3. glamreporttv says:

    We have to support ourselves in order for us to move forward. The music,movie,comedy industry are succesful because nigerians invest in it.we have to do the same for our fashion and beauty industry BUY NIGERIAN ROCKS

  4. Starlight says:

    Nice article. I wish Nigerian designers the best. I know for a fact there are gems amongst you guys. Facts remain, you guys have it all wrong save a handful.
    To start elaborating is pointless and tiresome and I believe SHF Fan covered it best.

    It definitely is a long steep learning curve.

  5. Isoken says:

    @ Mary and SHF Fan,

    your points are duly noted, however from a purely business point of view. Can you honestly compare the overheads or economies of scale of TopShop with a much smaller Nigerian brand?

    For costs to be covered AND some profit made, the 25k price tag is very far from unreasonable. Believe me I tried the lower price, high volume angle. It didn’t work and I was running at a huge loss. Why? Simply because, not enough people were buying.

    And to your Kelis/Style Bubble etc coverage comment, that’s down to individual perception no? If you honestly believe Susie of Style Bubble is more important than Uche Eze of Bella Naija or Terence Sambo of One Nigerian Boy, by virtue of their location or sudden superstardom, that’s a completely different argument. No one is saying Nigerian fashion is isolated from the rest of the world, far from it. All we are asking is that you consider the larger implications of designing and producing in Nigeria. And of course, most people are trying to break into the international market, but as evidenced by stars like Deola Sagoe, it usually starts from recognition at home.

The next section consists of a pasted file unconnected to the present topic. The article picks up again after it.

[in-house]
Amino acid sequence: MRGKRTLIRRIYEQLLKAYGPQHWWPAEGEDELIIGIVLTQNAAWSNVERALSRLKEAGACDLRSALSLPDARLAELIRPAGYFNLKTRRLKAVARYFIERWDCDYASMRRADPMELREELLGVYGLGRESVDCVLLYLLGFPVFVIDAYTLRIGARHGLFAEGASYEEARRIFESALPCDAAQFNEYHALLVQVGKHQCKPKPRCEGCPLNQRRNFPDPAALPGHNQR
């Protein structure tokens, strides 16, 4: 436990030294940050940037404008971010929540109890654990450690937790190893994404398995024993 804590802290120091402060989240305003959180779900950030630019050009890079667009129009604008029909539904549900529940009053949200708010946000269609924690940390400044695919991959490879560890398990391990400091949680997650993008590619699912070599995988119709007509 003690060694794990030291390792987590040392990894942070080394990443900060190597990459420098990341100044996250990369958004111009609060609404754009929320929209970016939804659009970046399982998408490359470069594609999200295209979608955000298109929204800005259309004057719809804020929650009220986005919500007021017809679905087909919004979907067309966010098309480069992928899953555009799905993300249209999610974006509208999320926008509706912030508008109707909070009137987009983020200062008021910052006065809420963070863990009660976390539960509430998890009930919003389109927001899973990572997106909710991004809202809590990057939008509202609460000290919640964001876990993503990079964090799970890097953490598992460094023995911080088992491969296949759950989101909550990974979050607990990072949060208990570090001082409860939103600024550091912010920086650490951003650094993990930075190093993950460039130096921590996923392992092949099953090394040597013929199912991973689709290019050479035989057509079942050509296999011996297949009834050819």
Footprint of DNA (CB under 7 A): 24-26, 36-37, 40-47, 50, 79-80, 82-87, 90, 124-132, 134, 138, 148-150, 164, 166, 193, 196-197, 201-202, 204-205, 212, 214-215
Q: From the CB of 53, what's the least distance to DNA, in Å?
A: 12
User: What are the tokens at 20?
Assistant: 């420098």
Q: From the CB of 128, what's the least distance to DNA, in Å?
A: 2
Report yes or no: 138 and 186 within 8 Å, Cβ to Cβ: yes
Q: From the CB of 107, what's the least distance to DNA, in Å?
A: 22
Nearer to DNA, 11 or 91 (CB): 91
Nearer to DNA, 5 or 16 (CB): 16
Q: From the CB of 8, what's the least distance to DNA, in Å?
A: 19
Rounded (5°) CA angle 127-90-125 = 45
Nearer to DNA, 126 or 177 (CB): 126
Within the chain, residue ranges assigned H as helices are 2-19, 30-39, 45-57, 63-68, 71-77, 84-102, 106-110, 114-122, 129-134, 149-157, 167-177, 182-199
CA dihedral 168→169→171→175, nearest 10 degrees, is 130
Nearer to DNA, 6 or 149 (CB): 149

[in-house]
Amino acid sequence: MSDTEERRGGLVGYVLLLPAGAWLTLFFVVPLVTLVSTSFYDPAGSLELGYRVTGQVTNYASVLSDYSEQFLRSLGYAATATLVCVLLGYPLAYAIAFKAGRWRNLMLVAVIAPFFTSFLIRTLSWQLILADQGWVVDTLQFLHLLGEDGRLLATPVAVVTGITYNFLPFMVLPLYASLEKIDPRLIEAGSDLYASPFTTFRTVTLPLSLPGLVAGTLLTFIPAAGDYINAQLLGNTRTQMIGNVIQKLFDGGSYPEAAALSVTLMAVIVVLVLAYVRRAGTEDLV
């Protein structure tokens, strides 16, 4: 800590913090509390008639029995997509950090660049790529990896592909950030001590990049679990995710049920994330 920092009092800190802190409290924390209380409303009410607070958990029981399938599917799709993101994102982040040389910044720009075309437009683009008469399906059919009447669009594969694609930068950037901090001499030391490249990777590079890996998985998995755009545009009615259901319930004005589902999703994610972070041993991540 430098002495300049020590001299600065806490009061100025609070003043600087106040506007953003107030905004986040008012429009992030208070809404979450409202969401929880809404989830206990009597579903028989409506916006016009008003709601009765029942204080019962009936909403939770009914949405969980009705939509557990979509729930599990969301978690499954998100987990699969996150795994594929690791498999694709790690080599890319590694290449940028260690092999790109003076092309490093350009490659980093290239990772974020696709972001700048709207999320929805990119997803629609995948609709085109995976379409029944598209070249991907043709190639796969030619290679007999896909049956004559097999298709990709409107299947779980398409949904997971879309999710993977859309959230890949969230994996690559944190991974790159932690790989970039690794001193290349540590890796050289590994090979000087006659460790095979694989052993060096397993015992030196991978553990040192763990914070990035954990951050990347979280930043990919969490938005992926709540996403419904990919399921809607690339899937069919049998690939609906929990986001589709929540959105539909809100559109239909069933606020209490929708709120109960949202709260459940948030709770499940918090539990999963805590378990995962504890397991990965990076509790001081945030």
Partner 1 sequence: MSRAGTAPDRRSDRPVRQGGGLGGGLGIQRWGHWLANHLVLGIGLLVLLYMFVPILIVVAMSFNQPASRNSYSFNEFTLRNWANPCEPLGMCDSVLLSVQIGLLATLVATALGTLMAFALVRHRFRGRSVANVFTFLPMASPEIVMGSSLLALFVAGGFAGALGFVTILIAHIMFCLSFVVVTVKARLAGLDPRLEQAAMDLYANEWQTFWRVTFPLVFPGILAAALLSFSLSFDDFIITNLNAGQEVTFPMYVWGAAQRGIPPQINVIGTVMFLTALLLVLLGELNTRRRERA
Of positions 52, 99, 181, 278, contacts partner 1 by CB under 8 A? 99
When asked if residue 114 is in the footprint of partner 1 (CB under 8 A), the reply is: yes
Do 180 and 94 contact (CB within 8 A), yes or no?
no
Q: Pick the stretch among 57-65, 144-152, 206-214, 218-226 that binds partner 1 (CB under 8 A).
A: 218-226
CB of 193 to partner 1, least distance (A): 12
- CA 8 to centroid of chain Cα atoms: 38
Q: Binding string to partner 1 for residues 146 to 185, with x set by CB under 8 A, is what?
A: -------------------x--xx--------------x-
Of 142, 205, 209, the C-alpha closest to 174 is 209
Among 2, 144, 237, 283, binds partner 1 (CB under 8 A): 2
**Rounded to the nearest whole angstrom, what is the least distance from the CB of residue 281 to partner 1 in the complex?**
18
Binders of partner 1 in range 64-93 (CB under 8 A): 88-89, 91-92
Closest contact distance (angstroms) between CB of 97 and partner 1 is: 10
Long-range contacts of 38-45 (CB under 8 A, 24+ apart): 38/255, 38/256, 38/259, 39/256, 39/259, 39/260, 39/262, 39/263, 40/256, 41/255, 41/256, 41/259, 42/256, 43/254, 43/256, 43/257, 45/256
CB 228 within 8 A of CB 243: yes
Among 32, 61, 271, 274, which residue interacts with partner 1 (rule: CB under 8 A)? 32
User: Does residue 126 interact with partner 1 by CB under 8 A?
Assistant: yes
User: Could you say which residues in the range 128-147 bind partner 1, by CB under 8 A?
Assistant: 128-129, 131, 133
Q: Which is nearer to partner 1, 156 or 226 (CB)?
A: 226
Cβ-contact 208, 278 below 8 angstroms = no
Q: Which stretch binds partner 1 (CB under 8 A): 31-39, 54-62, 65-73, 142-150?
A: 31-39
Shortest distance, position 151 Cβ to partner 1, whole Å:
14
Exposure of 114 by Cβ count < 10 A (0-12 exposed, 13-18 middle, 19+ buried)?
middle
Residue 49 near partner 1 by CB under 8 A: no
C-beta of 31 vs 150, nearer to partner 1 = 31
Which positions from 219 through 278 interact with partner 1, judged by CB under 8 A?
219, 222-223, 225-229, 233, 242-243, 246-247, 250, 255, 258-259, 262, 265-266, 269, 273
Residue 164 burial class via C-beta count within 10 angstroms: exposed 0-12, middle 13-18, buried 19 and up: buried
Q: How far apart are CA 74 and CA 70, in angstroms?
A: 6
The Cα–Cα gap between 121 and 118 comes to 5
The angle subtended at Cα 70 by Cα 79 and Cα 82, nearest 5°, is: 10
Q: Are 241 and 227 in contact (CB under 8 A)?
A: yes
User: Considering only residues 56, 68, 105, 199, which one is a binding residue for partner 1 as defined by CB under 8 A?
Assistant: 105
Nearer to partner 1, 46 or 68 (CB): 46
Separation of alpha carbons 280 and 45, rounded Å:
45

Thanks for reading!

  6. Davido says:

    Lets not put our own down anymore! These designers have put in a lot of effort,and need our support, encouragement and patronage! We do not need to wait for vogue to validate them before we start to appreciate their creativity. When we take the initiative to acknowledge and celebrate genuine fashion industry talents the rest of the world has no choice than to take notice and follow suit!! Without doubt they are still work in progress, but lets give them some credit for how far they’ve come in the face of environmental challenges!However, It is good (and healthy)that Nigerians are expressing themselves,because this way you get feedback which helps the designers to know that they mustn’t relent yet, and where there are valid criticisms corrections can be made. But lets please do so with some sensitivity. Thanks SHF for creating a platform!

  7. Bisola O says:

    Nigerian Designers have come a long way and they are doing big things. But like every society, not everyone can afford name brands. If these designer lower their price points they will get more patronage and the “Buy Nigeria” campaign would make more sense. But as Isoken pointed out in the comment above, there are reasons why these designers are priced as high as they are and she does make a lot of sense with her argument.

    Everyone should look at their pocket and buy accordingly.
    Let those that can afford the big names patronize them and let those that can afford baba Sukurat the friendly neighbor hood tailor patronize him.